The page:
Published: 06:00, 08 October 2020
| Updated: 09:52, 09 October 2020
A young man in his prime, Tom Lazarides could have been forgiven for feeling invincible. Sporty, clever and popular, the 20-year-old student's life lay in front of him, brimming with opportunity.
But in a split second a swimming pool accident changed everything. Reporter Rhys Griffiths spoke to his mother about the long road to recovery ahead and the incredible power of friendship.
"He's a very much-loved boy, thank god, because he's going to need it," Bridget Lazarides says, reflecting on the huge outpouring of support for her youngest son Tom.
Hanging out at a friend's swimming pool earlier this summer, the 20-year-old student, who grew up in Cranbrook , dived into the water and hit his head, fracturing his neck and injuring his spine.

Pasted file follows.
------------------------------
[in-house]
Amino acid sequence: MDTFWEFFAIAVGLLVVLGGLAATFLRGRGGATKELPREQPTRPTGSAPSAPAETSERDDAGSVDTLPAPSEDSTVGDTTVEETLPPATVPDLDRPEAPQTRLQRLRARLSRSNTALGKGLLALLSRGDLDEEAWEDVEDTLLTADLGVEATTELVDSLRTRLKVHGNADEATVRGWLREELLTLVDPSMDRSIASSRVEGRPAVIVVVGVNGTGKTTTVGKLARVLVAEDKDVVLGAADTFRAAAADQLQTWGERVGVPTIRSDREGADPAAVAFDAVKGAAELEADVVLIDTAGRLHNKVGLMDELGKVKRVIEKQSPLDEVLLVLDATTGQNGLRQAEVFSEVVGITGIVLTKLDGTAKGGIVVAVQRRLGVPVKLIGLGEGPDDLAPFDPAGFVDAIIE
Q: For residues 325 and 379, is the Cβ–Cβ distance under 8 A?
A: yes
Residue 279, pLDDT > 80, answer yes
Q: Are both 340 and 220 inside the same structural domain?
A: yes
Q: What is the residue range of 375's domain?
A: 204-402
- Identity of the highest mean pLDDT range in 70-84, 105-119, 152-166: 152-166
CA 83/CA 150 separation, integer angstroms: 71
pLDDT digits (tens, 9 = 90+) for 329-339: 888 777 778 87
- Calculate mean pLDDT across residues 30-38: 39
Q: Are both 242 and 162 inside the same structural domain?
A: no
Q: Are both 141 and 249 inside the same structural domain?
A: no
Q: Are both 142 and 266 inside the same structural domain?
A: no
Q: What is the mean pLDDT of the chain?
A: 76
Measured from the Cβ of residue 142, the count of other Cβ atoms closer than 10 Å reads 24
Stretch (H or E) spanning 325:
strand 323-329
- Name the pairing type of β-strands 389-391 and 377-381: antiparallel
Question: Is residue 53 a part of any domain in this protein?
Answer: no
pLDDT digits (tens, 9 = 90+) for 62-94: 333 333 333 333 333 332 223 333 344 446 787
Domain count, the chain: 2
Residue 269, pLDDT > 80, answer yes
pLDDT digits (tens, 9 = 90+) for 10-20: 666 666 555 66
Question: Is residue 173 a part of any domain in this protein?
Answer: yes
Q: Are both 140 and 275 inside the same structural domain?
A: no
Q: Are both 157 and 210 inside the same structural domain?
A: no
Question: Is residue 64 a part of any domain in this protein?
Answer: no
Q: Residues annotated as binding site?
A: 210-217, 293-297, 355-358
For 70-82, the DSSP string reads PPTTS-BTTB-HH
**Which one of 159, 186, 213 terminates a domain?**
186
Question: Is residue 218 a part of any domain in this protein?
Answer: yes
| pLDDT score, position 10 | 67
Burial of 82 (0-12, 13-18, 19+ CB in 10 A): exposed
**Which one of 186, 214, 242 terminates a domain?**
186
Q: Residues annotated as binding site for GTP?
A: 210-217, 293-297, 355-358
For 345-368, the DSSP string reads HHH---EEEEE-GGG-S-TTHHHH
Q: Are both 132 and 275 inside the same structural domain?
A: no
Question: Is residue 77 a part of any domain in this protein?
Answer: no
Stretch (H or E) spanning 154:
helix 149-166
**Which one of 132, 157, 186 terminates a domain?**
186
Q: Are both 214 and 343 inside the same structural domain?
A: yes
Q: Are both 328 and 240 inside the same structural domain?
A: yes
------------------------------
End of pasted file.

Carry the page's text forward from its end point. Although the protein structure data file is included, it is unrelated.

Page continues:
As his friends rushed to his aid, mum Bridget received a call that all parents dread.
"He was with a very small group of friends and their parents in their swimming pool in Etchingham," she said. "And I got a phone call to say he has had an accident and an ambulance had been called.
"Then I got a call to say the air ambulance was there and I said 'just wait, I need to get there' and I got there as the air ambulance appeared.
"When I first got the call, oddly, I felt phenomenally lucky that his friends are close enough to Tom that they could phone me and tell me what had happened, because without that, who knows where he would be, and I was devastated for him, and when he became so ill and survived - he very nearly died - I felt incredibly grateful that he was alive.